In defiance of conventional wisdom, the second week of 2013 sees yet another film that doesn’t aspire to the bottom-of-the-barrel stature usually typified by early-in-the-year releases. Quite to the contrary, A HAUNTED HOUSE sets out to deflate found-footage horror in general, and the PARANORMAL ACTIVITY franchise in specific, and more often than not hits its targets quite capably. It’s raunchy, yes, and willfully offensive to any number of special interest groups, but funny is funny, and Marlon Wayans as a boyfriend confronting weird goings-on — including a ghost with a taste for both weed and strange — when his girlfriend (Essence Atkins) moves in turns out to be pretty damn funny.
Come join Cinefantastique Online’s Steve Biodrowski and Dan Persons as they sit down to discuss the hits and misses in this uninhibited satire, weighing the relative, comedic value of menacing household help, foul-mouthed exorcists, and the reintroduction of the word “Mandingo” to the popular lexicon. Plus: What’s coming to theaters next week.
From Paramount’s point-of-view, there’s a compelling reason to continue the PARANORMAL ACTIVITY series: It’s a cash-cow — a low-budget, high-earning (number one at the box-office this past weekend) crowd-pleaser. The studio has some experience in this field, having previously cranked out the FRIDAY THE THIRTEENTH films, a franchise that became so threadbare by the end that Jason wound up rampaging on a space station in the 25th century.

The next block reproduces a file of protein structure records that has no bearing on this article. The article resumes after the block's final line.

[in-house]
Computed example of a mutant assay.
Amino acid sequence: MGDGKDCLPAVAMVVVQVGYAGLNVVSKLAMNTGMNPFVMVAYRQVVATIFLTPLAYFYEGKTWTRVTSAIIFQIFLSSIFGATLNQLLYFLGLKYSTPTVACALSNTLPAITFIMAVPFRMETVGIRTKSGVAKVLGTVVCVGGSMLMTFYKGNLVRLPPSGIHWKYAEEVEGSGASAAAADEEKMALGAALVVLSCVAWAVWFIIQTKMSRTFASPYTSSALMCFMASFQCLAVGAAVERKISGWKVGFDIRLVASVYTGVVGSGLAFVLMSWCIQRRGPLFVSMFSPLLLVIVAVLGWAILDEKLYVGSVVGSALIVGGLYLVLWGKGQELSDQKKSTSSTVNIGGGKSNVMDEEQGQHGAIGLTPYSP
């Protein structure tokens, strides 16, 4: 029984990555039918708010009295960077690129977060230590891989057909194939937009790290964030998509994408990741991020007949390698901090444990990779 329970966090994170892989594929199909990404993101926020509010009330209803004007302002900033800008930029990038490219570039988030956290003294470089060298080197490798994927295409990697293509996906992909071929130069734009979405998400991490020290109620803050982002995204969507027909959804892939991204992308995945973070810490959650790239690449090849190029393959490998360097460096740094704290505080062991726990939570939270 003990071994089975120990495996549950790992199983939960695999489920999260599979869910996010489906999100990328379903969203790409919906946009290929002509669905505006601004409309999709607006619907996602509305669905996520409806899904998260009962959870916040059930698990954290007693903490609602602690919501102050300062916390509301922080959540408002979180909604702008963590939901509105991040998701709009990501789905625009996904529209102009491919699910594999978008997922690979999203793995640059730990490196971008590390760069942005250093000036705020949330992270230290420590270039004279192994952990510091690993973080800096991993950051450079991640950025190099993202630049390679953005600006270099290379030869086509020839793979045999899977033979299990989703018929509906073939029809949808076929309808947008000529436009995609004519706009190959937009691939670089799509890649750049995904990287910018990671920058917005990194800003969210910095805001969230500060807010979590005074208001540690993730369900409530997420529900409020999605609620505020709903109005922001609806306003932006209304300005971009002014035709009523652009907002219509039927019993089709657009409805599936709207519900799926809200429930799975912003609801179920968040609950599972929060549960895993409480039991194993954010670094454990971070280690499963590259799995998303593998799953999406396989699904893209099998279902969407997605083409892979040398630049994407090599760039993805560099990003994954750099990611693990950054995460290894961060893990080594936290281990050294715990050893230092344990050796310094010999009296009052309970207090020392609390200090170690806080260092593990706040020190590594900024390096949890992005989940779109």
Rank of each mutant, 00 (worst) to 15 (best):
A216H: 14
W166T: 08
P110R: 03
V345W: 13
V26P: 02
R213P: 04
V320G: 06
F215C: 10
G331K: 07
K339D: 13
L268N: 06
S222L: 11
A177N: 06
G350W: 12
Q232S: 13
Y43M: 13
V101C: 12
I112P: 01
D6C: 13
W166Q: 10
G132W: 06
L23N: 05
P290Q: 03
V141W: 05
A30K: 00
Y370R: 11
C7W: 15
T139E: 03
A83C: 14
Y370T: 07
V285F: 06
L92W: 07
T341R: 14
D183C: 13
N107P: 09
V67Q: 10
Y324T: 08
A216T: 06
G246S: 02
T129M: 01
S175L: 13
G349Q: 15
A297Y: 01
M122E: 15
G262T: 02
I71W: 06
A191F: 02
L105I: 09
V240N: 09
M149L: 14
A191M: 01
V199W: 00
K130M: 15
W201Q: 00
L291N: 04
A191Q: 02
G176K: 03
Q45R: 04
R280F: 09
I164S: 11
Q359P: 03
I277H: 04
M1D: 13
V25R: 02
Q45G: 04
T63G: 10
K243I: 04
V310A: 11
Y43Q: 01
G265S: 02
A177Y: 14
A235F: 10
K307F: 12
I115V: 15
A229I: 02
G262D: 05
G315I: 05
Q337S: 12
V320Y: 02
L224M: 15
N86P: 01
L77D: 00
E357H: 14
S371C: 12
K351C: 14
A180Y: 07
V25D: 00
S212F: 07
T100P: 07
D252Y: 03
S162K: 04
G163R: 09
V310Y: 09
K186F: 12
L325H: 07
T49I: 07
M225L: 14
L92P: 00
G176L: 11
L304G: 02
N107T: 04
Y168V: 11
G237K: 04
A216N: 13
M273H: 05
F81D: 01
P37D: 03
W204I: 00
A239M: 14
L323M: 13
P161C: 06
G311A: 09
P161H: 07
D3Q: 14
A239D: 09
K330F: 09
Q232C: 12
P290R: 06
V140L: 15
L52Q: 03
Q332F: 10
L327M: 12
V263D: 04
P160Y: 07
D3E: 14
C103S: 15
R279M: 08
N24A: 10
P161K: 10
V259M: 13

PARANORMAL ACTIVITY 4 hasn’t yet gotten that desperate — we’re still somewhat in the present day, rather than a future when the series’ found-footage concept would amount to people jacking in to virtual reality terminals — but the strain is beginning to show. Can bringing in a new family, throwing Skype and smart-phones into the voyeurish mix, and carrying forward on the series’ sinister cult story arc give the franchise some sense of forward momentum, or should we just be happy to once again be living through PA’s well-established assortment of ambient chills? Cinefantastique Online’s Steve Biodrowski, Lawrence French and Dan Persons discuss whether 4 makes them wish for no more.
Then, Dan gives his capsule thoughts on the home-video release of the transgressive amateur surgery horror film EXCISION, and we discuss what’s coming to theaters in the next week.
At first glance, PARANORMAL ACTIVITY 4 seems to offer evidence that, despite the filmmakers’ best intentions, the indubitably effective formula of the original PARANORMAL ACTIVTY has run out of ectoplasm. A closer look, however, suggests that this third sequel is a daring formal experiment, one that seeks to answer the question: How far can we run this franchise into the ground before the rubes stop paying to be disappointed?